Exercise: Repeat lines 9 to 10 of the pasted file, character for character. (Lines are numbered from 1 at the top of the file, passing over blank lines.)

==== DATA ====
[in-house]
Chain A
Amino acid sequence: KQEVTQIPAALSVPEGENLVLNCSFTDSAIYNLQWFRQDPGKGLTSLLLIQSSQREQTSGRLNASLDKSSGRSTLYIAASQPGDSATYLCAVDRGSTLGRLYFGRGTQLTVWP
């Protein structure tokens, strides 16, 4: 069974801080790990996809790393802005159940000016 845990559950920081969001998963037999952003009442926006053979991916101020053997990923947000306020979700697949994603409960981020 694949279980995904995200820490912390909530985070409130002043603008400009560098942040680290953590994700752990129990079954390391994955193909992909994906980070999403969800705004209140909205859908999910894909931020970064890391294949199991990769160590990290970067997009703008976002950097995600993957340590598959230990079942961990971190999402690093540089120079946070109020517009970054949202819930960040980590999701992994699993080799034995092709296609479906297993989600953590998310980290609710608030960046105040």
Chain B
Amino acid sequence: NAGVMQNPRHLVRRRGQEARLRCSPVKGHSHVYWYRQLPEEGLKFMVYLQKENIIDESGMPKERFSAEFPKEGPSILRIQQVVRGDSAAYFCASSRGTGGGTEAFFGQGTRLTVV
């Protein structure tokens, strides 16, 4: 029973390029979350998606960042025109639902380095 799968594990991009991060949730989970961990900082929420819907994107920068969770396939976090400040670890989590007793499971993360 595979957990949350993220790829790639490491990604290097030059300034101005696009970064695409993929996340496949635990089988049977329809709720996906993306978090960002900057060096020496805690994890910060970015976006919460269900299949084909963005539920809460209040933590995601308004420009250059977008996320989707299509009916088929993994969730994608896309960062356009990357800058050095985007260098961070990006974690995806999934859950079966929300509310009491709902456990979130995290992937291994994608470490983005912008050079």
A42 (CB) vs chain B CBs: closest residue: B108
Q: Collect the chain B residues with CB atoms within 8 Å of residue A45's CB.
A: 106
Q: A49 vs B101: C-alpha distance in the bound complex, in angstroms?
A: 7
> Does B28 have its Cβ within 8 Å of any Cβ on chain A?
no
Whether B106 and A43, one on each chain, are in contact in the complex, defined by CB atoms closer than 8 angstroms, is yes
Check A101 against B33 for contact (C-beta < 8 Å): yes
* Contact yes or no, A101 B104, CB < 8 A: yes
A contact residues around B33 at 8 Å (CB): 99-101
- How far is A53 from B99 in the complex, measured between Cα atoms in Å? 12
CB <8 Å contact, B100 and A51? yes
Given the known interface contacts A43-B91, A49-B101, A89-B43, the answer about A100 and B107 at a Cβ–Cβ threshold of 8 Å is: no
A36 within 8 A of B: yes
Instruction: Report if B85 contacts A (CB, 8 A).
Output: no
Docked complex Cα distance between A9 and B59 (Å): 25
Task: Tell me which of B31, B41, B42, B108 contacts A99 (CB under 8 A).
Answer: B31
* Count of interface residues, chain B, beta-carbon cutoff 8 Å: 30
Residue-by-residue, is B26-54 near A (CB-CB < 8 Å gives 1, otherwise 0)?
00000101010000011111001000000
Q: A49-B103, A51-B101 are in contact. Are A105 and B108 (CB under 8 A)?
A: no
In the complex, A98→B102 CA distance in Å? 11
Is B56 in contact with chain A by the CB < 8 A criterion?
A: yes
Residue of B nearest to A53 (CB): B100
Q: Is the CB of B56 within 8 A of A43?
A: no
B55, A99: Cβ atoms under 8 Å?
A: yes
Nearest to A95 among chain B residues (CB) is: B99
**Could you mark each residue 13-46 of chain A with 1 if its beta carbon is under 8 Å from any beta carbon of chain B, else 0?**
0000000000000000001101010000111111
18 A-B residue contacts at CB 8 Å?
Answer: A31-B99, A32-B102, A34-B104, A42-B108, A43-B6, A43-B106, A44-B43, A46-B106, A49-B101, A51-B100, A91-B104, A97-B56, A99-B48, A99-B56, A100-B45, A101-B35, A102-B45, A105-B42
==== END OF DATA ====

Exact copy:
Q: Collect the chain B residues with CB atoms within 8 Å of residue A45's CB.
A: 106